reciprocal and imitative love .:9:.

A reminder of God’s call (DEUT 11:1)

    To hit the point home, Moses wraps up this section of his speech and transitions to his further arguments  by emphasizing again the summation of Deuteronomy: “Love the LORD your God.”  The prime position is again given to “love.”  Following closely is the charge to “keep his requirements, his decrees, his laws, and his commands always.”  So the resound is echoes: reciprocate and imitate God’s love for this is the enabling purpose of the law.
    It is as Paul says it is.  In Romans 8:1-4, the “Old” Testament steeped apostle recalls the loving purpose of God’s commands.  The words of the law, like the sign of circumcision, like the actions towards others, are all meant to set a person free from enslavement so that they can have loving relationship with God… a relationship that champions life.  The law leads to life because it is rooted in God’s loving purposes.  Only when Israel failed to reciprocate and imitate God’s love, did the law then become a measurement of judgment.  That’s why Paul could say:
Therefore, there is now no condemnation for those who are in Christ Jesus, because through Christ Jesus the law of the Spirit of life set me free from the law of sin and death. For what the law was powerless to do in that it was weakened by the sinful nature, God did by sending his own Son in the likeness of sinful man to be a sin offering. And so he condemned sin in sinful man, in order that the righteous requirements of the law might be fully met in us, who do not live according to the sinful nature but according to the Spirit.

    It is time for the modern church in North America to embrace the continuity between the Testaments.  If we truly believe Jesus was right, then we must accept that he fulfilled and did not abolish the law.  Jesus enabled the heart of Deuteronomy 10:12-11:1 for his people.  It would do the church well to embrace the heart of Moses, which is the heart of Deuteronomy, which so keenly reflects the heart of God.  God has loves his people.  He always has.  God desires and urges his people to love him reciprocally.  He always has.  And God desires and urges his people to love others, just like he does… and just like he always has.  It is time to be transformed by that testament of faithful grace and truth.  The charge is simple: Love the LORD your God; and love your neighbor as yourself.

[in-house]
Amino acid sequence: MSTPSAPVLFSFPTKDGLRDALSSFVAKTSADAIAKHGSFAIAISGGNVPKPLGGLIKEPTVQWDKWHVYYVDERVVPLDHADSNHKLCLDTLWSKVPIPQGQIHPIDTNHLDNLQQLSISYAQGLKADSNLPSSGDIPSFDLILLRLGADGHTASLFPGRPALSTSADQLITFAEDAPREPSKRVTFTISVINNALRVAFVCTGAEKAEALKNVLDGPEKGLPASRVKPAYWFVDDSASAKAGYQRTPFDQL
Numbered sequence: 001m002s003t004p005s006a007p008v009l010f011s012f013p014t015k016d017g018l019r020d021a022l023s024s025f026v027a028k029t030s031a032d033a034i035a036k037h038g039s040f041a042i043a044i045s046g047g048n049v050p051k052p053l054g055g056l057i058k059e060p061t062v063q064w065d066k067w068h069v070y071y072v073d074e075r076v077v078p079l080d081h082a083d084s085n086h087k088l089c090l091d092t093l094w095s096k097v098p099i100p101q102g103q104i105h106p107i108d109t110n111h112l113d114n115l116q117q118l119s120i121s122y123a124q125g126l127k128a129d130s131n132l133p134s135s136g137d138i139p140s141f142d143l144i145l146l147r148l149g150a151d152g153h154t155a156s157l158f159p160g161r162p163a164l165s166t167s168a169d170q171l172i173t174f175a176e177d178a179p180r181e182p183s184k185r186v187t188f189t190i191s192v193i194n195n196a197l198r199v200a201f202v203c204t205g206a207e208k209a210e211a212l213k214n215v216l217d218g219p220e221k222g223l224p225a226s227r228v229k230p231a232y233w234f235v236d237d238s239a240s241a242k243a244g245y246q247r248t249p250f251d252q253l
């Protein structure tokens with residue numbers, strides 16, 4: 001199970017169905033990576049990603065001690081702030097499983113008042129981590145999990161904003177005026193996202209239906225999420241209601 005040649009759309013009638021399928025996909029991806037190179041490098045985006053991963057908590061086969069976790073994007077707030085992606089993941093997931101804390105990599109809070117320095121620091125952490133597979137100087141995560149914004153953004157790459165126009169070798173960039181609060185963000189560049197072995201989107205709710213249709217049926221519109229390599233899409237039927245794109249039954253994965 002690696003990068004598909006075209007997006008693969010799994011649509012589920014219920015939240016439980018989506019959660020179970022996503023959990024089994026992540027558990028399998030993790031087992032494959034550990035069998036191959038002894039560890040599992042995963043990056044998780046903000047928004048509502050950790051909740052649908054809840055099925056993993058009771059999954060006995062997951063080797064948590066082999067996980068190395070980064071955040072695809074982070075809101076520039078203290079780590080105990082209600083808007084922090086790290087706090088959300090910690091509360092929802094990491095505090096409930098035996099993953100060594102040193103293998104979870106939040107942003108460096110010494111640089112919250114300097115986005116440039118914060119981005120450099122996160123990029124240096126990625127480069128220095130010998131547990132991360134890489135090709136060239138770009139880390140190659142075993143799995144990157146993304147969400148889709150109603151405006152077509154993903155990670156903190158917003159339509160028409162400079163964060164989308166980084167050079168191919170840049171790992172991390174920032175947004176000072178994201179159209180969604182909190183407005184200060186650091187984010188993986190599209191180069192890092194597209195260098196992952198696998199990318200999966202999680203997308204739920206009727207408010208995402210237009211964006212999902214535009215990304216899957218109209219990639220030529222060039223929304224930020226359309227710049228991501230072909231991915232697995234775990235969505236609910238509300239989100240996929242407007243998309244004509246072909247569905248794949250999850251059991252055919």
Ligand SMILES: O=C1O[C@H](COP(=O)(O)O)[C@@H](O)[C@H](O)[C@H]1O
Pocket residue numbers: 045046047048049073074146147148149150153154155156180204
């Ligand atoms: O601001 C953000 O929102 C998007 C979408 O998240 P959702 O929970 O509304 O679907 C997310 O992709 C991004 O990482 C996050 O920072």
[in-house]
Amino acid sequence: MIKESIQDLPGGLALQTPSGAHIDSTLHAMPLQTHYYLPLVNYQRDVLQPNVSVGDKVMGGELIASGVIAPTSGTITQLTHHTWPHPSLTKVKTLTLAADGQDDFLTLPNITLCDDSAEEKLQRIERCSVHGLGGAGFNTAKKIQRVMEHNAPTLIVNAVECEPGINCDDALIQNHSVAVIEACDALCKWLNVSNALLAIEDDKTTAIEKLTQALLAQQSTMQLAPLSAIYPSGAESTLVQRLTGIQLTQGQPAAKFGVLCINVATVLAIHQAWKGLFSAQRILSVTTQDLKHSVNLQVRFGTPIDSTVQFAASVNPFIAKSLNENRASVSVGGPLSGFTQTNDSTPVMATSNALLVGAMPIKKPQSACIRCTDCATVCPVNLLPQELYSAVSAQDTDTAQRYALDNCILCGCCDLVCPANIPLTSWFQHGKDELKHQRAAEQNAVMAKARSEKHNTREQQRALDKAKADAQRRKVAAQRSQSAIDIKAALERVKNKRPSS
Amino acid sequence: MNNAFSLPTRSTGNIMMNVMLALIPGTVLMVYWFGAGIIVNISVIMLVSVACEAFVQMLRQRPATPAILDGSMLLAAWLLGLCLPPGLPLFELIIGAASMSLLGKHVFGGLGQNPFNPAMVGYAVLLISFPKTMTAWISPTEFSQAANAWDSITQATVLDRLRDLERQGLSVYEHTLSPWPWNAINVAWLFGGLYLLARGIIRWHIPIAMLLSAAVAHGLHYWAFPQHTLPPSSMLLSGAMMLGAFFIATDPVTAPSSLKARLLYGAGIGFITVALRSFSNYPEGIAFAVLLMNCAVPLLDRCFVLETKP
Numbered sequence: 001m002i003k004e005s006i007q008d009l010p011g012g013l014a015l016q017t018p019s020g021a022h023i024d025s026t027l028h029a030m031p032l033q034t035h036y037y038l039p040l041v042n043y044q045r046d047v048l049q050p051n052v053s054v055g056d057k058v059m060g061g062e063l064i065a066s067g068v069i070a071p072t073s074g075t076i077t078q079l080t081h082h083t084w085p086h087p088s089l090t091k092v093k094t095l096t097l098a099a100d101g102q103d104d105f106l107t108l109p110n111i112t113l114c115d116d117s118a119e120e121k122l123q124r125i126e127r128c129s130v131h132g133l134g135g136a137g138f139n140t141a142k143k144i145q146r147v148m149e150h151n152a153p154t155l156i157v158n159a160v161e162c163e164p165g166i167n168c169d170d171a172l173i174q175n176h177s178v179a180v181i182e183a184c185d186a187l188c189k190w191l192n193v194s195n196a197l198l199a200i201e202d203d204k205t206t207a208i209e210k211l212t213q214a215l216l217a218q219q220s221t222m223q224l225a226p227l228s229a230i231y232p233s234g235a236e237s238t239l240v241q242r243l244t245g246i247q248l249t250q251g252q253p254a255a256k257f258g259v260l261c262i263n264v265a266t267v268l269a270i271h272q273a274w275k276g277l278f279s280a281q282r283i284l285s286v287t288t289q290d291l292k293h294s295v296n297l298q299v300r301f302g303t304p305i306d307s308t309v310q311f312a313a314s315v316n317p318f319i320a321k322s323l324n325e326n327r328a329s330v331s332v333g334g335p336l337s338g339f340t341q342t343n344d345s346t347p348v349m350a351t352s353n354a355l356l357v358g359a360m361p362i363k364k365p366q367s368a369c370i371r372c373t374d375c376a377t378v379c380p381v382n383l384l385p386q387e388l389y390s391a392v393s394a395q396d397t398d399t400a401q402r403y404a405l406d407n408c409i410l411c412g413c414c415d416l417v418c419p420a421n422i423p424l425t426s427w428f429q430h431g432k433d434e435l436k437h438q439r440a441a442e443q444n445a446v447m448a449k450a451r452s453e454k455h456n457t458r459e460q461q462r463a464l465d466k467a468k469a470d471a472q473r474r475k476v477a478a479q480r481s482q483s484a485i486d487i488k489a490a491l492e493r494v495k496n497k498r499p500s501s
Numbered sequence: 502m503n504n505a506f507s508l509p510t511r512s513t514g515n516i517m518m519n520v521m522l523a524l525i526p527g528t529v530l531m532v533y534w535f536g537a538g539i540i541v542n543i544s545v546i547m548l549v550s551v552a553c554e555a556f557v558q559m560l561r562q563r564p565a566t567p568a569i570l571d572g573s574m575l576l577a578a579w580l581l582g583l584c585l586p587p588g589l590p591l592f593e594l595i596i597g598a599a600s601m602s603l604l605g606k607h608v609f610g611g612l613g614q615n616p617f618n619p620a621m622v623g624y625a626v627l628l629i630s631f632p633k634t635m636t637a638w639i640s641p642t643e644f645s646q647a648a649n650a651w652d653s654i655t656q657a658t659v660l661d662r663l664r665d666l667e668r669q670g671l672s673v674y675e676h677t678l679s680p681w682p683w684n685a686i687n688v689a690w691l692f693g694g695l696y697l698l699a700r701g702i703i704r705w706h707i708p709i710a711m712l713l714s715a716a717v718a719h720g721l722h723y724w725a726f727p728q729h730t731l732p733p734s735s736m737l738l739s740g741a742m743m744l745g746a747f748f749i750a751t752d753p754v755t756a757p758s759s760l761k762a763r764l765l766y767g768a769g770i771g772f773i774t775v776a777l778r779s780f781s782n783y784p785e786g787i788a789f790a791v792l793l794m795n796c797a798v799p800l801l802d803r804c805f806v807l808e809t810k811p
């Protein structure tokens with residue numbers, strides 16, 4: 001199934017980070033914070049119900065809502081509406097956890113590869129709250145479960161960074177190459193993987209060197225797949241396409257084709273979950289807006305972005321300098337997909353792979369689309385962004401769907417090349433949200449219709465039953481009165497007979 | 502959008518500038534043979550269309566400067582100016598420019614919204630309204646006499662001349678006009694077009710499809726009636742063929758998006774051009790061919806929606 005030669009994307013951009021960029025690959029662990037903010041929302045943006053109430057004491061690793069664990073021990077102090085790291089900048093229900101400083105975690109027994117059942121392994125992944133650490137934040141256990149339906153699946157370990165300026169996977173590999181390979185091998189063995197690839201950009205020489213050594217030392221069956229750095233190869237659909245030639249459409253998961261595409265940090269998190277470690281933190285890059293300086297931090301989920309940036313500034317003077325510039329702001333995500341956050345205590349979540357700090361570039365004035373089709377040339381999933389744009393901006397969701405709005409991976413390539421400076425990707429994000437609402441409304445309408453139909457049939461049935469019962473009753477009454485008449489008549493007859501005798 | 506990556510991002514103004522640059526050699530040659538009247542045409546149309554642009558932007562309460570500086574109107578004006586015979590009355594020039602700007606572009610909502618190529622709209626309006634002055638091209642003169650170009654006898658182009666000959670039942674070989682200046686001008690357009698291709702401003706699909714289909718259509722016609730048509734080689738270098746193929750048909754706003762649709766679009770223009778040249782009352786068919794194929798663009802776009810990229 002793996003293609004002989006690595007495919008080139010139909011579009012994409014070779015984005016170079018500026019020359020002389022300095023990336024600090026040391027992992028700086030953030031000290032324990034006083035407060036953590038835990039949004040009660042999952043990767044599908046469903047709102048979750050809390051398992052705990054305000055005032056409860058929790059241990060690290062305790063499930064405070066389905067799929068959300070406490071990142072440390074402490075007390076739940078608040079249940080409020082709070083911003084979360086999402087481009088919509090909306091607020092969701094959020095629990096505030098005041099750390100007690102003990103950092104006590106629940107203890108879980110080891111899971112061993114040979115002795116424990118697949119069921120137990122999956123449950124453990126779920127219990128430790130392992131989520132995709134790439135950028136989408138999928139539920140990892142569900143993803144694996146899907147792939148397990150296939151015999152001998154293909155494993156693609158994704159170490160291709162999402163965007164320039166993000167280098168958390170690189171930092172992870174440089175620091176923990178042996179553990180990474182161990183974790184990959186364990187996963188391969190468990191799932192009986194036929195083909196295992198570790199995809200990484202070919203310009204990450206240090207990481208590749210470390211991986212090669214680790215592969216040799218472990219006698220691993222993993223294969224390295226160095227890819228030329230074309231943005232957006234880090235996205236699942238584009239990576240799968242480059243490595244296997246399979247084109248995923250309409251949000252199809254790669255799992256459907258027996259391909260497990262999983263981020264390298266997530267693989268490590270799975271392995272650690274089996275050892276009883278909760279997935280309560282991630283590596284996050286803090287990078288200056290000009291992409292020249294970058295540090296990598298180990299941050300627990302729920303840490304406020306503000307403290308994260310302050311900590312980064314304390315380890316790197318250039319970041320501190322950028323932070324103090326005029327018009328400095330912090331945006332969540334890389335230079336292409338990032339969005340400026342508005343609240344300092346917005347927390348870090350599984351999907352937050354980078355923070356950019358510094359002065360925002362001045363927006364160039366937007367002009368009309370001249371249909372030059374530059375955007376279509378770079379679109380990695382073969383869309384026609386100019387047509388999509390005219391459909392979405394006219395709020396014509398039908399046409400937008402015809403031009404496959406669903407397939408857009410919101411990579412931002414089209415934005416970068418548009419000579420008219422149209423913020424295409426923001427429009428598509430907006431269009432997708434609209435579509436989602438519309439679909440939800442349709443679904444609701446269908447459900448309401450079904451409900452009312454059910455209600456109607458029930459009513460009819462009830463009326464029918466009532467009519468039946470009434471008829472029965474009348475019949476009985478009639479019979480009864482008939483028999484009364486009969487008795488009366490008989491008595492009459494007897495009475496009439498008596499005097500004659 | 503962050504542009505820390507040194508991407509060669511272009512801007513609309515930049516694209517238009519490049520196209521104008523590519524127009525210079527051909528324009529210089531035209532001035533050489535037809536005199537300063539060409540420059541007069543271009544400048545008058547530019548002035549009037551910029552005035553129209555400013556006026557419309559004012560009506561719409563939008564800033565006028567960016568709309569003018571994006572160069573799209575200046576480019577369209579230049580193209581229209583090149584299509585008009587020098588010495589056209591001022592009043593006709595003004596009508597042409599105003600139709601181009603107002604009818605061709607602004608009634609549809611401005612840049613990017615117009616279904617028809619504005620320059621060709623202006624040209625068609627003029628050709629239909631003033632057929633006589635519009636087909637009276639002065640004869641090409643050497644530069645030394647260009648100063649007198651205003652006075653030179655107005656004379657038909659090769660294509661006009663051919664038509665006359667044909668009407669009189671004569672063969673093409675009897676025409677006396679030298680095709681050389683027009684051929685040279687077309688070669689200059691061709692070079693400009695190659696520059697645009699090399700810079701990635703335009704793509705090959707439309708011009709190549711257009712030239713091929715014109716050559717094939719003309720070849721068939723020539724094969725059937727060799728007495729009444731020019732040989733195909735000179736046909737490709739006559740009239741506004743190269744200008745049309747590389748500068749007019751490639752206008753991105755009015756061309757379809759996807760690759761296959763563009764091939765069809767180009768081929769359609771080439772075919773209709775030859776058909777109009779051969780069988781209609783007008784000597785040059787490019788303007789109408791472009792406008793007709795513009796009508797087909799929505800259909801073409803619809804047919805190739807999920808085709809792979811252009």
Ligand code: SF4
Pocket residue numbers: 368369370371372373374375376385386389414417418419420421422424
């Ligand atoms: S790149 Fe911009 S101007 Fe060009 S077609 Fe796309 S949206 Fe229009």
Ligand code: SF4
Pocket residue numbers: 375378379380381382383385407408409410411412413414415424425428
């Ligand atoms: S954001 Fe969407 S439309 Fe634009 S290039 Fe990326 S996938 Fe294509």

Alexander, T. Desmond and David W. Baker.  Dictionary of the Old Testament Penteteuch: A Compendium of Contemporary Biblical Scholarship.  Downers Grove, IL: InterVarsity Press, 2003.
Brown, F., S. Driver, and C. Briggs.  The Brown-Driver-Briggs Hebrew and English Lexicon.  Peabody, MA: Henrickson Publishers, 1906 (6th printing 2001).
Glasser, Arthur F. Announcing the Kingdom: The Story of God’s Mission in the Bible.  Grand Rapids, MI: Baker Academic, 2003.
Harris, R. Laird, Gleason L. Archer, Jr., and Bruce K. Waltke. Theological Workbook of the Old Testament.  Chicago: Moody Press, 1980.
Kalland, Earl S., “Deuteronomy”, The Expositor’s Bible Commentary, vol. 3, ed. Frank E. Gaebelein. Grand Rapids, MI: Zondervan Publishing House, 1992
McConville, J.G. Deuteronomy: Apollos Old Testament Commentary.  Leicester, England, 2002.
Tigay, Jeffrey H. The JPS Torah Commentary: Deuteronomy: The Traditional Hebrew Text with the New JPS Translation. Philadelphia: PA, 1996.
Wright, Christopher J.H. Deuteronomy: New International Biblical Commentary.  Peabody, MA: Hendrickson Publishers, 1996

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